Sources of Funding
Rob Rouhl’s contribution was supported by a grant from the Netherlands Heart Foundation (grant number 2005B022).
- Received April 17, 2008.
- Revision received November 25, 2008.
- Accepted December 1, 2008.
Wardlaw JM, Sandercock PAG, Dennis MS, Starr J. Is breakdown of the blood-brain barrier responsible for lacunar stroke, leukoaraiosis, and dementia? Stroke. 2003; 34: 806–812.
de Jong G, Kessels F, Lodder J. Two types of lacunar infarcts: Further arguments from a study on prognosis. Stroke. 2002; 33: 2072–2076.
Spence JD, Bang H, Chambless LE, Stampfer MJ. vitaminamin intervention for stroke prevention trial. An efficacy analysis. Stroke. 2005; 36: 2404–2409.
Weikert C, Dierkes J, Hoffmann K, Berger K, Drogan D, Klipstein-Grobusch K, Spranger J, Möhlig M, Luley C, Boeing H. B vitamin plasma levels and the risk of ischemic stroke and transient ischemic attack in a German cohort. Stroke. 2007; 38: 2912–2918.
Hasan A, Hunt BJ, O'Sullivan M, Bell R, D'Souza R, Jeffery S, Bamford JM, Markus HS. Homocysteine is a risk factor for cerebral small vessel disease, acting via endothelial dysfunction. Brain. 2004; 127: 212–219.
Fazekas F, Kleinhert R, Offenbacher H, Schmidt R, Kleinert G, Payer F, Radner H, Lechner H. Pathologic correlates of incidental MRI white matter signal hyperintensities. Neurology. 1993; 43: 1683–1689.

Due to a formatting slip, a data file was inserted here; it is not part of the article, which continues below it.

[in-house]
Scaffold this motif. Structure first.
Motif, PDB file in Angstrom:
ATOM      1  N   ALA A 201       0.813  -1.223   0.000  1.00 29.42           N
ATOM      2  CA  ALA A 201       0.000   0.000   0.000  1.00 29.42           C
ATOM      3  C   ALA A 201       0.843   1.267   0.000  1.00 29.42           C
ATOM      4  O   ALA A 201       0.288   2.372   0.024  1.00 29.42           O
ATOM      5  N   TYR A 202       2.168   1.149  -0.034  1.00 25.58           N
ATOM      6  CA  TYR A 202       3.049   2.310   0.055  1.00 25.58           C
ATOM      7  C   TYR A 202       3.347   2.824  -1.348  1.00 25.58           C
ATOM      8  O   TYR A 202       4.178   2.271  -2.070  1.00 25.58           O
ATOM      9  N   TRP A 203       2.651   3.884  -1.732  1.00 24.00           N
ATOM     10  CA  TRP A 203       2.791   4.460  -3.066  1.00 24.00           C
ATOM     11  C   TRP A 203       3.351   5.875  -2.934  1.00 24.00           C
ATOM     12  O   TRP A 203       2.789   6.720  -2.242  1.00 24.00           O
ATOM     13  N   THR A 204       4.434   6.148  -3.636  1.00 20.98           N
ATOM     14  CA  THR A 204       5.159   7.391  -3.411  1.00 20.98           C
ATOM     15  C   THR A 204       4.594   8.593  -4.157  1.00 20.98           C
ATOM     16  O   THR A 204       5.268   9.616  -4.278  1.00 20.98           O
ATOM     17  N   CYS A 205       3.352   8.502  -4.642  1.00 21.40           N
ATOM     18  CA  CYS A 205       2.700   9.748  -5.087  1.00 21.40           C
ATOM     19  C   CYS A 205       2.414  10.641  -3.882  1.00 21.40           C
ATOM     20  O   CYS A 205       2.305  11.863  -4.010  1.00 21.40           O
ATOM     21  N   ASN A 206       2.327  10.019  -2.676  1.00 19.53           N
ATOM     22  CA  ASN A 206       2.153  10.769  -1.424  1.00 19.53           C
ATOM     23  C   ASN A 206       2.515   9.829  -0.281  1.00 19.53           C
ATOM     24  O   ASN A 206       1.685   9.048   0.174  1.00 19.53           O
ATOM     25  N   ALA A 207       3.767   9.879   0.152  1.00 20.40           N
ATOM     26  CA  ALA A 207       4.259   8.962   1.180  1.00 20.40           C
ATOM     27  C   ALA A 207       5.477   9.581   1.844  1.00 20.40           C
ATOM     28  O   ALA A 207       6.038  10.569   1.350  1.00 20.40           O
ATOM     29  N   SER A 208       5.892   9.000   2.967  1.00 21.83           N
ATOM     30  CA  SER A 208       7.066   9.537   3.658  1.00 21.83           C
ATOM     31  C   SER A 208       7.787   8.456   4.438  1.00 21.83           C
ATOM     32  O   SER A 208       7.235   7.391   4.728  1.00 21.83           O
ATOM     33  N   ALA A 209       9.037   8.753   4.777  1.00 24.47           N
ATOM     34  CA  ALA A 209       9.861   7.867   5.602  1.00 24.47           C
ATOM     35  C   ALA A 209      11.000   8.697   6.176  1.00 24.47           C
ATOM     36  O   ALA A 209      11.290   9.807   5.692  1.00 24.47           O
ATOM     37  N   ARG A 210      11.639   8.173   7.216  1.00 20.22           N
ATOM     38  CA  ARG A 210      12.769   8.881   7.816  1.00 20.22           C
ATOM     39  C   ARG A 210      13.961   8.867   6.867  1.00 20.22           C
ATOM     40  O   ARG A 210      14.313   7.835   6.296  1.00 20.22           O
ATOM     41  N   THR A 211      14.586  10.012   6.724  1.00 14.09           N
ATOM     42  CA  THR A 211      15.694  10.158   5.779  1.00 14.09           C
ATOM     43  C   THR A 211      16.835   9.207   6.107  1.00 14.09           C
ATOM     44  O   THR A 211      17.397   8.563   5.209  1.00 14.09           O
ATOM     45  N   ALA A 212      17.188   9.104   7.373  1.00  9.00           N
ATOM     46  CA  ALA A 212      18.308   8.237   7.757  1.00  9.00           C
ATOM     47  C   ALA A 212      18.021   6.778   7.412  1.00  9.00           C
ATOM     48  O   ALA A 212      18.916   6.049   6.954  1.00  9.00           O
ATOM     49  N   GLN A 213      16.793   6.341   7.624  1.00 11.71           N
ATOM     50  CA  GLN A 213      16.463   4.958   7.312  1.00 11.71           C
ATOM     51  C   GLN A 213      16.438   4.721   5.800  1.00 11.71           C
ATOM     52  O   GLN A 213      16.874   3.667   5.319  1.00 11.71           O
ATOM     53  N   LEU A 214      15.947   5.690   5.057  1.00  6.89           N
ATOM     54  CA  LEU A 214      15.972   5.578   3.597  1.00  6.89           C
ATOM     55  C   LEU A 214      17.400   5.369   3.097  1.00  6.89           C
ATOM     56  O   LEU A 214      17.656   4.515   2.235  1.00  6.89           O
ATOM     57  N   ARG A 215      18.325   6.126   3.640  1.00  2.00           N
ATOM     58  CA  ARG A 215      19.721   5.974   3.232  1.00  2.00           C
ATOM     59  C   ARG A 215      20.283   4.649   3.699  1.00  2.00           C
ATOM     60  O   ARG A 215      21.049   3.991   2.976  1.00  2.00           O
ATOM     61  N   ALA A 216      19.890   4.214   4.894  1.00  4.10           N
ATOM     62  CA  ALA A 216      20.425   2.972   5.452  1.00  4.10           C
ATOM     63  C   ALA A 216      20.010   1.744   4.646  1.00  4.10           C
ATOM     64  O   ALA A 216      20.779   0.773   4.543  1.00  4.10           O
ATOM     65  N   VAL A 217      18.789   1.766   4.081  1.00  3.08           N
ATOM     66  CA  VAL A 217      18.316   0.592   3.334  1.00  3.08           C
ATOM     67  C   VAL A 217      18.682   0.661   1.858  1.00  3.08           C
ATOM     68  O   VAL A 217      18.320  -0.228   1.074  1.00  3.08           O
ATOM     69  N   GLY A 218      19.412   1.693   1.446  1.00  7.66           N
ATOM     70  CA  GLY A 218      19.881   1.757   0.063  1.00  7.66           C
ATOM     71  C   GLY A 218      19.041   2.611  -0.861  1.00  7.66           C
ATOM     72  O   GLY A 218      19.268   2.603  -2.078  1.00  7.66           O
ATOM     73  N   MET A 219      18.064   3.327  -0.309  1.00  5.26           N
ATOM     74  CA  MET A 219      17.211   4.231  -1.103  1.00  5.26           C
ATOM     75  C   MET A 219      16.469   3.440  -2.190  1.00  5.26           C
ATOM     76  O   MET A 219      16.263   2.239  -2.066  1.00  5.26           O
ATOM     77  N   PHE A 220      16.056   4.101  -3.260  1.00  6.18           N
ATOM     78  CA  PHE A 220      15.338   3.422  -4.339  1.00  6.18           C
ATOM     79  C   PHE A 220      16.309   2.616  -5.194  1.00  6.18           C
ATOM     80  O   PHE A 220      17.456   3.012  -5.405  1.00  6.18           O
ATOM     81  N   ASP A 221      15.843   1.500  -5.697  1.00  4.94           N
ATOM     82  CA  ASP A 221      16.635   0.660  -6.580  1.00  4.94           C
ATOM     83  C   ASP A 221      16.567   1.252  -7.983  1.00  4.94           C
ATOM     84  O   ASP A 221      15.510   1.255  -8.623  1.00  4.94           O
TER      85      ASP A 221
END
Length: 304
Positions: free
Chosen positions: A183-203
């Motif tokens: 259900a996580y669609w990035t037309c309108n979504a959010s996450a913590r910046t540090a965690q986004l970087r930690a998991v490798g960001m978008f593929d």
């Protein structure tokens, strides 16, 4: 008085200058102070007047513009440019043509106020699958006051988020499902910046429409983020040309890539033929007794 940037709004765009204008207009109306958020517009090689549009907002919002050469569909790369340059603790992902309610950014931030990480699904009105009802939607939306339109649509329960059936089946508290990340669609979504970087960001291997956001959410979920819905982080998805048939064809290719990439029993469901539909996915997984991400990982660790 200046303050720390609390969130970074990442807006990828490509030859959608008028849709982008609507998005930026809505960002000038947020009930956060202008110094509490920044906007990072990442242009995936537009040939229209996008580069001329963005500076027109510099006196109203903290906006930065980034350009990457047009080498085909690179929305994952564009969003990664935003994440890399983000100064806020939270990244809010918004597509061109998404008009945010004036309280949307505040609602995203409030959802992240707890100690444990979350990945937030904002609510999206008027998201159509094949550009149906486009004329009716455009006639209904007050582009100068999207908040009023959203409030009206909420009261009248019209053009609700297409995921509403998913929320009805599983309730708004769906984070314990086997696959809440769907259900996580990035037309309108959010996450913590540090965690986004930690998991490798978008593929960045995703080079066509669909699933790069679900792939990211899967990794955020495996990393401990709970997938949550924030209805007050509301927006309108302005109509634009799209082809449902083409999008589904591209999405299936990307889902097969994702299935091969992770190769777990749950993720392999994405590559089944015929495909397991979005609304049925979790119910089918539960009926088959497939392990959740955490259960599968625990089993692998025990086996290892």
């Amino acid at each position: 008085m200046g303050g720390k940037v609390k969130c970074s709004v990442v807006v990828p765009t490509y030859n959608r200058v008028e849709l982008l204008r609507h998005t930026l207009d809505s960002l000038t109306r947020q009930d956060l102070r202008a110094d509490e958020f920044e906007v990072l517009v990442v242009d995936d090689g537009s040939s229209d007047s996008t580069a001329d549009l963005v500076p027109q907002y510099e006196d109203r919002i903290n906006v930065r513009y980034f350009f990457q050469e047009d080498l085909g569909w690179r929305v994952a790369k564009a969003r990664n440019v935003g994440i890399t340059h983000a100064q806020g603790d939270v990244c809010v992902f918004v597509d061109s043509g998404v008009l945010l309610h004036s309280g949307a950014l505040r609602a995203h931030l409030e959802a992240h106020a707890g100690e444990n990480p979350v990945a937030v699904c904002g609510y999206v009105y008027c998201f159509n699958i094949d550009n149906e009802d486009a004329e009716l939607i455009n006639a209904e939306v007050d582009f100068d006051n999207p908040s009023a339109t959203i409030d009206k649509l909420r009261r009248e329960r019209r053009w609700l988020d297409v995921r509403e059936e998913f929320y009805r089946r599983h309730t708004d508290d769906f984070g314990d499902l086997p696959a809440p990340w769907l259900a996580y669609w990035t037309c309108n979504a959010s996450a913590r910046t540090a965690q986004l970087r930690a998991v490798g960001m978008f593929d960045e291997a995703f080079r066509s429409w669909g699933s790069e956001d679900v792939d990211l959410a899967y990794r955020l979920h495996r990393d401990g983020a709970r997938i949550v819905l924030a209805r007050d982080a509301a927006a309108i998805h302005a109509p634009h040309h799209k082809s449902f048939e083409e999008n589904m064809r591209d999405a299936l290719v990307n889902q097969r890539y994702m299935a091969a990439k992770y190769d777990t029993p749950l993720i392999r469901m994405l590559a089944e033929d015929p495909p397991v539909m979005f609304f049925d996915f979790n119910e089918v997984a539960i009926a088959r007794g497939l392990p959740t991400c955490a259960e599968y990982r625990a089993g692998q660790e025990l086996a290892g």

van Swieten JC, van den Hout JH, van Ketel BA, Hijdra A, Wokke JH, van Gijn J. Periventricular lesions in the white matter on magnetic resonance imaging in the elderly. Brain. 1991; 114: 761–774.
O'Brien J, Desmond P, Ames D, Schweizer I, Harrigan S, Tress B. A magnetic imaging study of white matter lesions in depression and Alzheimer’s disease. Br J Psychiatry. 1996; 168: 477–485.
Wen W, Sachdev PS. Extent and distribution of white matter hyperintensities in stroke patients. The Sydney Stroke Study. Stroke. 2004; 35: 2813–2819.
Sachdev PS, Wen W, Chen X, Brodaty HB. Progression of white matter hyperintensities in elderly individuals over 3 years. Neurology. 2007; 68: 214–222.
Schmidt R, Petrovic K, Ropele S, Einziger C, Fazekas F. Progression of leukoaraiosis and cognition. Stroke. 2007; 38: 2619–2625.
Kapeller P, Barber R, Vermeulen R, Ader H, Freidl W, Almkvist O, Moretti M, del Ser T, Vaghfeldt P, Enziger C, Barkhof F, Scheltens P, Inzitari D, Erkinjuntti T, Schmidt R, Fazekas F. Visual rating of age related white matter changes on MRI-scale comparison, interrater agreement and the correlation with quantitative measurements. Stroke. 2003; 34: 441–445.